While US newpapers have been infatuated with hourly stock price fluctuations, the press has almost totally ignored the start of the biggest famine in decades—a humanitarian crisis larger in scale than the Japanese tsunami and Haiti’s earthquake. In this post, we take a look at the available data on the emerging famine in the Horn of Africa, and its drivers.
On June 5, 1981, five cases of Pneumocystis carinii pneumonia were reported among young men in Los Angeles, in what was to become the first account of AIDS. The pandemic that transformed Earth now marks its thirtieth anniversary this month. And while much attention is appropriately being paid to declarations made about the Millennium Development Goals and reports on the broad state of the disease in different continents (see the mortality graphs below), it’s easy to forget some of the critical lessons we’ve learned over the years from this unparalleled pandemic. In this week’s blog post, we’ll revisit some of the historical lessons we’ve learned HIV: from the redefinition of the behaviorist model of health promotion, to the detailed tax records of the pharmaceutical industry.
The President’s Global Health Initiative (GHI) has outlined a new U.S. strategy for global health. Secretary Clinton recently described the GHI as aiming to bolster health system development and particularly primary care, tackle health problems that can be eliminated with relatively little investment (for “sustainability”), and focus on maternal and child health (MCH).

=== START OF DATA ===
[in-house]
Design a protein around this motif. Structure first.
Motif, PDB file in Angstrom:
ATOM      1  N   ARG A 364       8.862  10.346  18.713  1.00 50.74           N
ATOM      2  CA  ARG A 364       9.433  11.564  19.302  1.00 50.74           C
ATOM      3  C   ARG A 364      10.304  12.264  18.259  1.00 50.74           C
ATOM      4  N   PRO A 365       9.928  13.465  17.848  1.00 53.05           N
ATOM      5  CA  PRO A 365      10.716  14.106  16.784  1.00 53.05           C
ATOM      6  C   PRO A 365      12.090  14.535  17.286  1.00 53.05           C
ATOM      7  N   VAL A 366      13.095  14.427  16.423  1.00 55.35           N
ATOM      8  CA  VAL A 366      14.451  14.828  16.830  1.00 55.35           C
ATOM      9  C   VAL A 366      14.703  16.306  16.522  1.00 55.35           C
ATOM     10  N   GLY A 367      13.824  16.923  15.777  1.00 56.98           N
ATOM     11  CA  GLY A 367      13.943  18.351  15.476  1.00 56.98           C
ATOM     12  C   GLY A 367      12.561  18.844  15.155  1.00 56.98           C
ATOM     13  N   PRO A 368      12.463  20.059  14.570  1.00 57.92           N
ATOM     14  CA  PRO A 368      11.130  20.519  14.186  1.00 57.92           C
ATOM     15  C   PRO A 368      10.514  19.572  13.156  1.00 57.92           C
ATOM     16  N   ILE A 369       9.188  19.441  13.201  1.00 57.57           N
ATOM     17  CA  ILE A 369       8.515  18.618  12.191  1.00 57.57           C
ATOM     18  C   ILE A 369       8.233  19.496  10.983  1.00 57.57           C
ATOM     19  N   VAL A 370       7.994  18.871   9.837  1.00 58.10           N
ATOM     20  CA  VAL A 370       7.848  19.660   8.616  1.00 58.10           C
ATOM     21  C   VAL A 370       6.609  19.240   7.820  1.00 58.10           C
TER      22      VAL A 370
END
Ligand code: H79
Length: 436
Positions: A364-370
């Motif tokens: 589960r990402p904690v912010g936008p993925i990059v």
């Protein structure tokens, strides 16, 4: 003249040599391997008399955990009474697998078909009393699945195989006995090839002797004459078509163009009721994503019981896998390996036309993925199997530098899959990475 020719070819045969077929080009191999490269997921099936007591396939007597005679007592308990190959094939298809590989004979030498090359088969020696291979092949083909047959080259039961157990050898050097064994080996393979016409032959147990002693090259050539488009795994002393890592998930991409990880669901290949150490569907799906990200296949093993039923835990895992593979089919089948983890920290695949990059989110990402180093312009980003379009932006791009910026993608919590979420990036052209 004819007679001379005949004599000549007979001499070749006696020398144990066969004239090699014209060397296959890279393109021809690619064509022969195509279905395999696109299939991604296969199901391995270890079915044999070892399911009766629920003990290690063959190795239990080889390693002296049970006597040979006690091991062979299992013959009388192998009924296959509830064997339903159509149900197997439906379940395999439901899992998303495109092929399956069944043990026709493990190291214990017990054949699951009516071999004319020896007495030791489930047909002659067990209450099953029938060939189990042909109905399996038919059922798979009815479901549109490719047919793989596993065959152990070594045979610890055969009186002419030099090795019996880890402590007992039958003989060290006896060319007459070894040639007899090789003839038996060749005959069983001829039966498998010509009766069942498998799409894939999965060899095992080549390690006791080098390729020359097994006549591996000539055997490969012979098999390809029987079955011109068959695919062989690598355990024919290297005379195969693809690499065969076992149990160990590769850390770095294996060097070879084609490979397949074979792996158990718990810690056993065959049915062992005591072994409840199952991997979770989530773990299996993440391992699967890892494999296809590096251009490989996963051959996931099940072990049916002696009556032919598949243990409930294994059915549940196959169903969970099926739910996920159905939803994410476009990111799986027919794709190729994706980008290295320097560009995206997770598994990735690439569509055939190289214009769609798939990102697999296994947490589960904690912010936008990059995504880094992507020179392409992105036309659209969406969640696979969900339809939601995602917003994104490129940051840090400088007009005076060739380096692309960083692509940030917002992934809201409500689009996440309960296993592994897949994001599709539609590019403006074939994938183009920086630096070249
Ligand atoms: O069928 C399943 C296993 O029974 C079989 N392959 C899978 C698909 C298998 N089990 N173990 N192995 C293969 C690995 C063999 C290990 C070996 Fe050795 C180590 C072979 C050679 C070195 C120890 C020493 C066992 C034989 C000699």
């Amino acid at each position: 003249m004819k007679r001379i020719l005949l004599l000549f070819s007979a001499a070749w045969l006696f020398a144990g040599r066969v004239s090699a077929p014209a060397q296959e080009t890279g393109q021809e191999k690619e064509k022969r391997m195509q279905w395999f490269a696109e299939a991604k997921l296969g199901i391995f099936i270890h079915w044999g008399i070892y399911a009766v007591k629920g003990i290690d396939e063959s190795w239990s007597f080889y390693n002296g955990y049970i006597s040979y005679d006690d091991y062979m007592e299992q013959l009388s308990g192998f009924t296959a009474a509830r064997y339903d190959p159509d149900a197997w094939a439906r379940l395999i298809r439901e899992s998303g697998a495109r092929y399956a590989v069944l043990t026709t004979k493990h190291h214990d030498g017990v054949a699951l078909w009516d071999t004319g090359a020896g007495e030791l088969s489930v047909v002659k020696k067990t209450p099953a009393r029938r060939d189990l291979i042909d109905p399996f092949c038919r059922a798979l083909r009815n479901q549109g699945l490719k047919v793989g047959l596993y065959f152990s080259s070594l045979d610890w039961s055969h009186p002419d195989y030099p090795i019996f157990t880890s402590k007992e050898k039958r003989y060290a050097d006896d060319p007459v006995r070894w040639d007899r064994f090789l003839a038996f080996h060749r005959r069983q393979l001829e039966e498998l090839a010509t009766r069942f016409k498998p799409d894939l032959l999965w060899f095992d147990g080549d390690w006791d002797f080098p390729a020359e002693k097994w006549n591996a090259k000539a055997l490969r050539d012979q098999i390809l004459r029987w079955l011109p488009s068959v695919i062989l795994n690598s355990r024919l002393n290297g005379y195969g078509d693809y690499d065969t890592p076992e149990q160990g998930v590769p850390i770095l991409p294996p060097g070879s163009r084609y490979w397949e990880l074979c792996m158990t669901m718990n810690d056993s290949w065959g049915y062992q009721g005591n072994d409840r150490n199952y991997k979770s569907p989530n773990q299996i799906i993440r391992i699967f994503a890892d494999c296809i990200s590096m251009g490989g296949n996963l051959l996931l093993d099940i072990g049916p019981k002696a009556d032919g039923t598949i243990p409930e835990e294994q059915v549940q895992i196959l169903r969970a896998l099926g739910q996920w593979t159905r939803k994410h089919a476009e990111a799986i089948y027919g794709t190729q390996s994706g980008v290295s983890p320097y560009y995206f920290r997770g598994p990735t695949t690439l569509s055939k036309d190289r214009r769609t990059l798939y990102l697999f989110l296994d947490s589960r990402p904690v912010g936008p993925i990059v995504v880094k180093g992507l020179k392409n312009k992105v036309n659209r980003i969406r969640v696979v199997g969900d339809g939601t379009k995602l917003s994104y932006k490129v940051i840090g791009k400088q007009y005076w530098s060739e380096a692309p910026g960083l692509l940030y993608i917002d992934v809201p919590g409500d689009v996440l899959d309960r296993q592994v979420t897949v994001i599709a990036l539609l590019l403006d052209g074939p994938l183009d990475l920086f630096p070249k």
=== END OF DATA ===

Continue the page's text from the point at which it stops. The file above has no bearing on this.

To an outsider, this all sounds pretty good; but to those who are familiar with the history of global health, the rhetoric around the GHI ominously harks back to past mistakes. In this blog entry, we discuss the history behind primary care in global health, to explain why previous attempts at “health systems development” perversely backfired in the 1970s, 80s, and 90s.
We’ve all heard about the infamous apartheid-era health system in South Africa. As a middle-income country, richer than many in sub-Saharan Africa, the Republic of South Africa provided world-class care for White elites, including the world’s first heart transplant. But the majority of people were denied appropriate access to health care. Spatial segregation between populations was a prominent method to sustain inequality during apartheid, with racially-biased policies leading to the creation of ‘‘Black homelands’’ that detached the poorest areas from regions with better health care infrastructure.
What’s happened since apartheid ended? Has health care access improved for the poor in South Africa? In a recent analysis of health system data from the country, we found a surprising result: an inverse and worsening relationship between health care allocations and disease burden after apartheid.